Electrical panels are an essential component of comfortable, modern homes, and yet, many homeowners aren’t familiar with how their panel works. In this article, we’ll explore the power and purpose of the panel.
What Is an Electrical Panel?
An electrical panel also called a load center, accepts the main power that comes into a home from the power line and distributes it into separate circuits that power each room. Homeowners should know the location of their panel so that they can address power issues as they arise.
If you’re building a new home, locating the panel is likely to be a part of your final walkthrough and orientation. However, if you’re moving into an existing home, you may need to track down the panel location yourself. Begin your search in unobtrusive locations such as a laundry room, utility closet, or garage.
Typically, each room will be labeled on your electrical panel. If it isn’t, you can figure out which room a circuit controls by cutting the power to it and tracking down which room has been disconnected from power.
Circuit Breakers vs. Fuses
Electrical panels are designed to cut power to specific rooms or the entire home in the event of a power surge, ground fault, or short circuit. The purpose is to protect the home and its inhabitants from dangerous electrical currents that can cause fires.
Not sure whether you have a circuit breaker or fuse box? Look inside your panel. If you have on/off switches that you can toggle, then you have a circuit breaker. If you have a fuse box, you’ll instead see a collection of round, screw-in plugs.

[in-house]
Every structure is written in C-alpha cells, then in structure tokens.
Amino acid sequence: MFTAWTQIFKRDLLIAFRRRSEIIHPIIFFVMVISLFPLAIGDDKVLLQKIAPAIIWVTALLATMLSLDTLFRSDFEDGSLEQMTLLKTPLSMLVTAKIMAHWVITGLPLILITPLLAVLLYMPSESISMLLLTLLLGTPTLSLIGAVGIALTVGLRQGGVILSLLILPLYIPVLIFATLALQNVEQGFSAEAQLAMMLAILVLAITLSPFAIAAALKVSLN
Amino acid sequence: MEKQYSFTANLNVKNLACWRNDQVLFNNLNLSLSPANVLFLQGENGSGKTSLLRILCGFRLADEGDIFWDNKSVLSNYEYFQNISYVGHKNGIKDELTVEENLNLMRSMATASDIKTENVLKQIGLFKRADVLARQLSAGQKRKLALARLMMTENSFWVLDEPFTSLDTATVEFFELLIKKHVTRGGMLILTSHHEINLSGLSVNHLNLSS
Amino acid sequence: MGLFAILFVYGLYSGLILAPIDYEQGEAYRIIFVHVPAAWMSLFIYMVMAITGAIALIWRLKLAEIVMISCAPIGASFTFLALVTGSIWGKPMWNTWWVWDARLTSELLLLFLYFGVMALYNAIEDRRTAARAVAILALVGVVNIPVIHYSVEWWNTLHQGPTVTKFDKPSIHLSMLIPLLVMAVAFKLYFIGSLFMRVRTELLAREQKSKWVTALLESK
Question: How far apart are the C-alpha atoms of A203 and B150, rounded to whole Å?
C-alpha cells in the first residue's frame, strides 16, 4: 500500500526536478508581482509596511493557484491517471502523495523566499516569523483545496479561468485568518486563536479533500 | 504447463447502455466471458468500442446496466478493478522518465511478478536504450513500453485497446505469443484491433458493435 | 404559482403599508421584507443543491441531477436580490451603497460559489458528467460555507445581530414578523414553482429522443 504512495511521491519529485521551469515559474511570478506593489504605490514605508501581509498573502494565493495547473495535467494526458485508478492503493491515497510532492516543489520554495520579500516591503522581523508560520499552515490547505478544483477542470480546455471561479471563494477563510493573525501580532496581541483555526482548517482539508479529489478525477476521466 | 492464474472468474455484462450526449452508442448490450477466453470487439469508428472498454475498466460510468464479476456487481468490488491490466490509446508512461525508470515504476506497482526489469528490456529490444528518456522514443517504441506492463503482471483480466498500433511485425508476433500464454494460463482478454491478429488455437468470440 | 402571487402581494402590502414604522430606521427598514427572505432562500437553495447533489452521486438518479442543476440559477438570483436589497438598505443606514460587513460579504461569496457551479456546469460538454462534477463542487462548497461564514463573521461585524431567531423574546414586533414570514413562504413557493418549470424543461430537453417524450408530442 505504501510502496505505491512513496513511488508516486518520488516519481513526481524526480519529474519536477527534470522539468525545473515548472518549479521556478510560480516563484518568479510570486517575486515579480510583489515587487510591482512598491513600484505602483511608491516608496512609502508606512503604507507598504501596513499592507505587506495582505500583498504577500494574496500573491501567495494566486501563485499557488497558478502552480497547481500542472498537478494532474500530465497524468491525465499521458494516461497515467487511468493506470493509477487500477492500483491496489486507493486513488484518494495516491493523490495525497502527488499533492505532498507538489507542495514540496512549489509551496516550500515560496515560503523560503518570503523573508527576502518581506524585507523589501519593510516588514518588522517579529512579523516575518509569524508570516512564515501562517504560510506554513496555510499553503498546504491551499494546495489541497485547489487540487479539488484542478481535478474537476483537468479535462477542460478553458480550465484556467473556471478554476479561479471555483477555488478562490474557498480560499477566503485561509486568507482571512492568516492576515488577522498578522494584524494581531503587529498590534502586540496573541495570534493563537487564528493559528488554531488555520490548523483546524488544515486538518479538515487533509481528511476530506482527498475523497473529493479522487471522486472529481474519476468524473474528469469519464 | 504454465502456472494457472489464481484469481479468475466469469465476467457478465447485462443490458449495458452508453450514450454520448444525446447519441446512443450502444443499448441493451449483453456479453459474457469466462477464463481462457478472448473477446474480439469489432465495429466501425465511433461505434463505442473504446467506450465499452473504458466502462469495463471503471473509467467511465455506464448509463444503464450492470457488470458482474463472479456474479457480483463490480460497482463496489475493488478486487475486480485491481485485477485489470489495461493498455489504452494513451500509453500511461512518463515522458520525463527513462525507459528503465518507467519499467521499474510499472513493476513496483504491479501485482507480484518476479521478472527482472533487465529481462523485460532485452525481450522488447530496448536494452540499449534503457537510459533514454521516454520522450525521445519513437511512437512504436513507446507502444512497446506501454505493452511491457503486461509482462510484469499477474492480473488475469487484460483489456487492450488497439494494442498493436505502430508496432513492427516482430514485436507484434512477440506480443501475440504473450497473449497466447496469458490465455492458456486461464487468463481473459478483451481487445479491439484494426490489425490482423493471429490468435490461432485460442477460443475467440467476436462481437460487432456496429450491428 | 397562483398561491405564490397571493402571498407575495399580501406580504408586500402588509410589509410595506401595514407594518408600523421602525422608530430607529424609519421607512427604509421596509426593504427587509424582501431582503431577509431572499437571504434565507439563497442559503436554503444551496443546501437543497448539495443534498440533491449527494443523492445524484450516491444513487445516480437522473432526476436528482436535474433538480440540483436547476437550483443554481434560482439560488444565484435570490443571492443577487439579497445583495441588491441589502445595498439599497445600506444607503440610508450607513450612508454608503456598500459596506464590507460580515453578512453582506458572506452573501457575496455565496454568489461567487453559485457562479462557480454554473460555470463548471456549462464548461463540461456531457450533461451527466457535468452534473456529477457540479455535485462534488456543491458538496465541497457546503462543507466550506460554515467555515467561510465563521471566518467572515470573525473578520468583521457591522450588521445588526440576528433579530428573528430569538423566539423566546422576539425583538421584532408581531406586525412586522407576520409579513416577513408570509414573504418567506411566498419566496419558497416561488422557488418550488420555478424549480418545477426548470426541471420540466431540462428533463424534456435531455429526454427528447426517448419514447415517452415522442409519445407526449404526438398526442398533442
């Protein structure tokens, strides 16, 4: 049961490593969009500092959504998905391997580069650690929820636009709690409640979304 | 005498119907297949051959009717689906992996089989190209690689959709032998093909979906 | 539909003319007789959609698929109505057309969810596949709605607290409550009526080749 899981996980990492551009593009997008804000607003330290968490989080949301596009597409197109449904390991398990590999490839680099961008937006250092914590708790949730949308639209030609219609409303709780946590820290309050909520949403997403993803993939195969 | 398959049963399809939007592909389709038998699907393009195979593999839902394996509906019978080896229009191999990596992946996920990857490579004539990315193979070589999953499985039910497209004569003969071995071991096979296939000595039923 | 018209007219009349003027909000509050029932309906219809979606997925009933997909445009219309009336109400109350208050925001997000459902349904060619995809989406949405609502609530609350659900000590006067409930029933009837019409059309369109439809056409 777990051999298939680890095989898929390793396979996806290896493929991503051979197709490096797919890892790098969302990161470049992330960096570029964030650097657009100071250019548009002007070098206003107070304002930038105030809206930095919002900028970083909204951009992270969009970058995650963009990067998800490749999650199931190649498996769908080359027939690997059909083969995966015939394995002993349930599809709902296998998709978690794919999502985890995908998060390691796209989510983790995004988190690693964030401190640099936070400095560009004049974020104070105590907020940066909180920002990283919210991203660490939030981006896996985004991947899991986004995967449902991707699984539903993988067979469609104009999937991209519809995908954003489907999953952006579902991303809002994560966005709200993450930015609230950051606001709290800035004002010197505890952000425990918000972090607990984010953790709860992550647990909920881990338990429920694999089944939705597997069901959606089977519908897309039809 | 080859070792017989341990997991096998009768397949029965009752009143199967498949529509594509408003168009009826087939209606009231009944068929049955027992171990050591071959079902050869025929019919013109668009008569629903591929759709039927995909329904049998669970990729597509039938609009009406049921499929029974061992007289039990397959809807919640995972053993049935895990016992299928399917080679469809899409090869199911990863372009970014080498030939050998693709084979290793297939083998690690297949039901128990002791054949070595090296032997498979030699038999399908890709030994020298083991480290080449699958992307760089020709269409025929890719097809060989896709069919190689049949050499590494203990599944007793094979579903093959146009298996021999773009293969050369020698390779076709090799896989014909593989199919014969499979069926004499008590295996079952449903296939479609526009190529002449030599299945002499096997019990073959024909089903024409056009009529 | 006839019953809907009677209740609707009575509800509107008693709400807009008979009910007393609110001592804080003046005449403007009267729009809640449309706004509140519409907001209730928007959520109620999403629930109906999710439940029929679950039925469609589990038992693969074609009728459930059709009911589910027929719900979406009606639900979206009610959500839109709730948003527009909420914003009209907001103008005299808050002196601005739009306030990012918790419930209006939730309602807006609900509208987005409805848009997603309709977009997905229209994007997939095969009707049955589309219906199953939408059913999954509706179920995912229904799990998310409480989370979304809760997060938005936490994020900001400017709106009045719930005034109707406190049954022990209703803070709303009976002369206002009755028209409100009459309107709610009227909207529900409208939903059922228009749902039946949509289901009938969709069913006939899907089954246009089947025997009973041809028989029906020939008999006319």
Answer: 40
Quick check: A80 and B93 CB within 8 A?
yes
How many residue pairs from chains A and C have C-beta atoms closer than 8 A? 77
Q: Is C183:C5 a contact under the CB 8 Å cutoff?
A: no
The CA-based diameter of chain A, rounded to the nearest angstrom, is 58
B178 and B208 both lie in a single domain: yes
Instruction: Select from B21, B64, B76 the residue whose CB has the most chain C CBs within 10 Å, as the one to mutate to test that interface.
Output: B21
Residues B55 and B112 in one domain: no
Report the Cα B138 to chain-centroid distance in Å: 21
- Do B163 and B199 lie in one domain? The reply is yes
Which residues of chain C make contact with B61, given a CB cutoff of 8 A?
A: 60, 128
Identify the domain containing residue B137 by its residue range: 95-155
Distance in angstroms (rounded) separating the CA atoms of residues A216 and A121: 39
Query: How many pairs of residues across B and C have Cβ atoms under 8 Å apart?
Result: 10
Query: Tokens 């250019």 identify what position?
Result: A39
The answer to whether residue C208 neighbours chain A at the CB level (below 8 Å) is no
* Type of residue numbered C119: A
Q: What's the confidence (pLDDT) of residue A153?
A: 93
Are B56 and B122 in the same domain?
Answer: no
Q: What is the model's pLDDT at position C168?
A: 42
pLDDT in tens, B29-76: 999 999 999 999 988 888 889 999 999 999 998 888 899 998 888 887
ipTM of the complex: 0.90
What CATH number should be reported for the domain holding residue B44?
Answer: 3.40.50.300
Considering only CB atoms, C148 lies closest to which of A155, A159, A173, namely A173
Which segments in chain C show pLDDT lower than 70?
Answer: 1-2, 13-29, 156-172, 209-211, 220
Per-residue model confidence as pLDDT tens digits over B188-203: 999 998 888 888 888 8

How Do Circuits Work?
Circuit breakers have a collection of switches that control the flow of electricity to individual rooms. They also have the main circuit, called the main breaker, that controls power to the entire home.
The panel connects the electrical wires coming into your home with a bus bar in the service panel. In the event of a power surge or ground fault, your circuit breaker protects your electrical wires from overheating and causing a fire by “flipping” to cut power to either one room or the entire home.
To restore power to a room, locate the switch that is “off” and return it to the “on” position.
How Do Fuses Work?
Homes built before 1965 that have not been updated are likely to have fuses rather than circuits. Fuses usually screw into a socket on the panel and have a thin metal strip inside that completes the circuit between a home’s exterior power supply and each room of the home.
The metal carries an electrical current up to a specific voltage, often 120 volts. If the power flowing into the home exceeds the fuse’s maximum capacity, then it will “blow” and melt the thin metal strip inside. When the electrical circuit breaks, power will not be able to flow to the rooms of your home. Fuses protect your electrical wiring from overheating and causing a fire.
Unlike a circuit breaker, homeowners cannot just flip a switch to turn the power back on to a room. They must take out the blown fuse and replace it with an identical fuse. It’s important for homeowners to ensure that the new fuse has the same amperage as the original. Providing circuits with more power than they are designed to handle is unsafe and can lead to fires.
Get in Touch with Barnett
If the same switch flips frequently or you find yourself replacing fuses often, there may be a serious problem with your home’s electrical system. Get in touch with Barnett to diagnose and remedy the issue.